5. The Allegory of the Cave has intrigued students of Plato since it first appeared. Do you think it fairly expresses the way we experience knowledge? For instance, in childhood, everything is black and white, but with experience, we discover rich nuances and hues, as it were. What level are you on? Society in general? The world? Explain. Do you believe in levels of reality? In enlightenment? Why or why not?
6. Consider the family as a functional system: If young children are allowed to spend the money, determine bedtimes, and so on, the whole family suffers. If the parents try to live like children, the whole family suffers. If every family member is free to pick and choose what he or she feels like doing or not doing every day, there can be no family. You might try similar analyses of marriages, churches, schools, or factories. Discuss the need for hierarchy, authority, and a governing power.
7. Do you agree with Plato that democracy is incompatible with self-discipline? What sort of self-discipline do you think Plato was concerned about?
8.Can you spot any symptoms in our society of the pattern Plato attributes to injustice in individuals and the state? Can you identify individuals or groups that “fall into sickness and dissension at the slightest provocation”? What–if anything–does justice (or a lack of justice) have to do with these reactions? Explain.
9. Do you think things like laws against hate speech and fundamentalist reactions against “the excesses of Western democracy” support Plato’s argument that the inevitable result of democracy is “too much liberty” and that widespread “abuses” of liberty lead to demands for “law and order” and, ultimately, tyranny? What other examples can you think of to buttress Plato’s case? What examples to weaken it? (As you ponder this, note that calls for restrictions on personal freedom come from both liberal and conservative thinkers.)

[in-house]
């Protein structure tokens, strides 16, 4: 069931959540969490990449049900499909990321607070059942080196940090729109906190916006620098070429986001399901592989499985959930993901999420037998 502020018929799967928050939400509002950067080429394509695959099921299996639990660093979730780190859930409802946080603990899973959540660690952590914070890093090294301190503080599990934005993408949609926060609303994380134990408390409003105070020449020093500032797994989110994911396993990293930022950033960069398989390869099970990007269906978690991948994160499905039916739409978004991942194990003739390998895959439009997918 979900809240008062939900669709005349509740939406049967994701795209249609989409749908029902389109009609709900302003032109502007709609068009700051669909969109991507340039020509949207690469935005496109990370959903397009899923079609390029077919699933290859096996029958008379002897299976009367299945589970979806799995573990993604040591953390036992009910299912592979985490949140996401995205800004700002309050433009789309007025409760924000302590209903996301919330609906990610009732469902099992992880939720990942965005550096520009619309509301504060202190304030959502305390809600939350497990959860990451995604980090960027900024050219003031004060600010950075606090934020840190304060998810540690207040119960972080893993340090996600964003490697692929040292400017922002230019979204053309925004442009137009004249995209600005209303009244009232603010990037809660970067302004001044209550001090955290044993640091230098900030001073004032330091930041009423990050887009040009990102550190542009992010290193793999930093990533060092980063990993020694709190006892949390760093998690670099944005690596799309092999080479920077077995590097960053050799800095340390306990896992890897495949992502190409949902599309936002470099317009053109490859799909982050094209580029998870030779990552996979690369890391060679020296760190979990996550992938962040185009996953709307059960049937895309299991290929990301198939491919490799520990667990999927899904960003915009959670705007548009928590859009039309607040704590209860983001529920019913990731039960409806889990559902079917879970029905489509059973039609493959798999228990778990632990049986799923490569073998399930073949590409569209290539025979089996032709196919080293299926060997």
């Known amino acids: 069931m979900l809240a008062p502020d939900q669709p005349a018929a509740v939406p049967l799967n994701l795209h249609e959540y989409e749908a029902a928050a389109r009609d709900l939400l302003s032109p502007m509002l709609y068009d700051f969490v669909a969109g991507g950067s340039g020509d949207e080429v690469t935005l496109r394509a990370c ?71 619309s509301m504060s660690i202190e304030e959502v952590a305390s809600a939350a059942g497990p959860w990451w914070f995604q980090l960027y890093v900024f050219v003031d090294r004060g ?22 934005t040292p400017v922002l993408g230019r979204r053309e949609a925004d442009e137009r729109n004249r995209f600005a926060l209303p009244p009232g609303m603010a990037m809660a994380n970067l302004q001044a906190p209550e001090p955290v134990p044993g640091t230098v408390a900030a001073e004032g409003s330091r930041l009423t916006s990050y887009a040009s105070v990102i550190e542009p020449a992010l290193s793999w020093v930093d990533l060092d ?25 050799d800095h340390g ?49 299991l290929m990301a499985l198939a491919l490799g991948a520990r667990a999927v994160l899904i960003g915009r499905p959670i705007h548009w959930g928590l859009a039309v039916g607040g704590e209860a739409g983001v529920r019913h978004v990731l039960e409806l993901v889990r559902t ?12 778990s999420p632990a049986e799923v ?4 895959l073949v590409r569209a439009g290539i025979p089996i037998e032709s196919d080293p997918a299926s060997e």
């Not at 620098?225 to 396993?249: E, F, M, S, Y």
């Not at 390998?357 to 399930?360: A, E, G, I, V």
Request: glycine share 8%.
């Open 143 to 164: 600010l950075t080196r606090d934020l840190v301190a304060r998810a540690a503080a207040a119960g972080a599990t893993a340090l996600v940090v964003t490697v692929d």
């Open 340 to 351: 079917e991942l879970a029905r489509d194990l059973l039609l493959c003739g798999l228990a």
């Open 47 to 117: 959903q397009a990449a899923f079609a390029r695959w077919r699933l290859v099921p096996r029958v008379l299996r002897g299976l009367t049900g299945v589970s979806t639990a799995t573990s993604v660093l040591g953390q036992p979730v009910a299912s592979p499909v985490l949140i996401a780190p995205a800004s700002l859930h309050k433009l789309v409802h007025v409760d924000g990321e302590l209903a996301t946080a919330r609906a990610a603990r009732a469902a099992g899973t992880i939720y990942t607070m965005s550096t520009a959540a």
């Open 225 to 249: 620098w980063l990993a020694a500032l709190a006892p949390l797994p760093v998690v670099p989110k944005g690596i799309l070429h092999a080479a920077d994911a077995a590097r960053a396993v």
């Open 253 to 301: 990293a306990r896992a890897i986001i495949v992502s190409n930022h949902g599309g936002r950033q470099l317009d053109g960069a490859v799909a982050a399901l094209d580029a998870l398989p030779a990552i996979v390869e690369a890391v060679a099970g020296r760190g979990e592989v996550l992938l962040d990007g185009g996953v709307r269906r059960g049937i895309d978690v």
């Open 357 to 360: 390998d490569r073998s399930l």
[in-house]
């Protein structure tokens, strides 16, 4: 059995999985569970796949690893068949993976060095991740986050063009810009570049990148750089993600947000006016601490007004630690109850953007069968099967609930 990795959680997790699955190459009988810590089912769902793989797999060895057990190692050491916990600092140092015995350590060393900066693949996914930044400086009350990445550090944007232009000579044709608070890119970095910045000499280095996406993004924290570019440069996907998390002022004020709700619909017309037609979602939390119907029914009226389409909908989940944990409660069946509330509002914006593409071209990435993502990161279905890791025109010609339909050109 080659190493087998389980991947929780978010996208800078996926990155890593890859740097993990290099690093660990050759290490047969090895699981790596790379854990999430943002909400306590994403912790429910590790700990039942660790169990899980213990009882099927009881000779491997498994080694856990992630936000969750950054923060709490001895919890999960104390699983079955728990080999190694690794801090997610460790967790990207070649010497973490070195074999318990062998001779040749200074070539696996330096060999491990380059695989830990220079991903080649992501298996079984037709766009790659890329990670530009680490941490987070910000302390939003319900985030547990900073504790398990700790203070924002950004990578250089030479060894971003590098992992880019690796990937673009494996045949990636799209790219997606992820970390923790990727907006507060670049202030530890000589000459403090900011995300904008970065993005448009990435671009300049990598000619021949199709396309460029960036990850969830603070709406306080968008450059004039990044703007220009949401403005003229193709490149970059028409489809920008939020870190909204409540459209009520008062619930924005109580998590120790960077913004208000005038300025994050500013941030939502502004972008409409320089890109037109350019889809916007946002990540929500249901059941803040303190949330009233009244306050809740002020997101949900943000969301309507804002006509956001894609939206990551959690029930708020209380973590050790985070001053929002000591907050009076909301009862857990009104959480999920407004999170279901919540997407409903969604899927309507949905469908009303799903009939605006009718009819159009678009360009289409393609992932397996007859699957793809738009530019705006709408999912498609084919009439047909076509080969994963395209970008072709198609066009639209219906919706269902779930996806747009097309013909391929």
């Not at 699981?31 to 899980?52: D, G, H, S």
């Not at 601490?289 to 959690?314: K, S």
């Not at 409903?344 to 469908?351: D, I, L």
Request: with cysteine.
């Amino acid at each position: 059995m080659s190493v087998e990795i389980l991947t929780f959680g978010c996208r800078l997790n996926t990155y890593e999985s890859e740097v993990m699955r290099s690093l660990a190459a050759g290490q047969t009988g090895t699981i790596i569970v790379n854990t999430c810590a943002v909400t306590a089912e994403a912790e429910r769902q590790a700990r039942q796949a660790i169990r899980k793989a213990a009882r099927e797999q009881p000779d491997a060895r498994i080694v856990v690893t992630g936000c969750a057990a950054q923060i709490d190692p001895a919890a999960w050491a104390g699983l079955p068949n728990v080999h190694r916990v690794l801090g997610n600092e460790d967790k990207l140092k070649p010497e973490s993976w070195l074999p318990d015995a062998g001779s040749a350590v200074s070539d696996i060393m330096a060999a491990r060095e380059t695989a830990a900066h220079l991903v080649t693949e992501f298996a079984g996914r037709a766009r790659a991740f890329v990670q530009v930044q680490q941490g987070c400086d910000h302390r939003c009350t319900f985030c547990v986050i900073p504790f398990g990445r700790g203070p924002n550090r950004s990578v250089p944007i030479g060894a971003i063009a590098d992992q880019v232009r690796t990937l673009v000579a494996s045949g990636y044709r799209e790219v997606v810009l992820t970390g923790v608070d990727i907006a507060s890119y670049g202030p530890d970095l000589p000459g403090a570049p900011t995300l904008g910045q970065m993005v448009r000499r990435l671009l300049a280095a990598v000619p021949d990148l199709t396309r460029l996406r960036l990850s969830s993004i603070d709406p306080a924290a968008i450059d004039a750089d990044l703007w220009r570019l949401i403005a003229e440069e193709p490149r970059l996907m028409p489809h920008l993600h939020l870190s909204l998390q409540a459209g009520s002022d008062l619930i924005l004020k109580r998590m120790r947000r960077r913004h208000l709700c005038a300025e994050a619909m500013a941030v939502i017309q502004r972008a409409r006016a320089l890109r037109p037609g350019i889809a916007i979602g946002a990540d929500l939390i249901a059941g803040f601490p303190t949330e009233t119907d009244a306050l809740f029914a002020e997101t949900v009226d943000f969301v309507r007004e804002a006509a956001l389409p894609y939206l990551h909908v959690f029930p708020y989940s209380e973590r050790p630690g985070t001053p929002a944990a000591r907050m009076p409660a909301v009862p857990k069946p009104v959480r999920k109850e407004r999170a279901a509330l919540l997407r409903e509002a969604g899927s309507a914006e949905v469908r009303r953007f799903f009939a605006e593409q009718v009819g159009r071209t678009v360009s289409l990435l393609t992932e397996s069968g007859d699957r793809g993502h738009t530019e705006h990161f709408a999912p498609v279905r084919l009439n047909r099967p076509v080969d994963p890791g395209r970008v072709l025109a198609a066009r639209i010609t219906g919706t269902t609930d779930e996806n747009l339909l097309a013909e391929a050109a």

1. Discuss some of the common obstacles to becoming a fully functioning, balanced, individual.
2. As an example of the importance of luck in the good life, think about this Aristotelian maxim (derived from Solon): “Count no man happy until he is dead.” Aristotle taught that a good life can be marred by a bad death. Discuss this general idea and then tie it to our present attitudes toward death, dying, euthanasia, and the all-too-frequent instances of individuals kept barely alive, condemned to spend their last months or years in nursing homes. Do you agree with Aristotle that a bad death or dying can transform a good life into a bad one? Or do you think that biological life is sacred—period?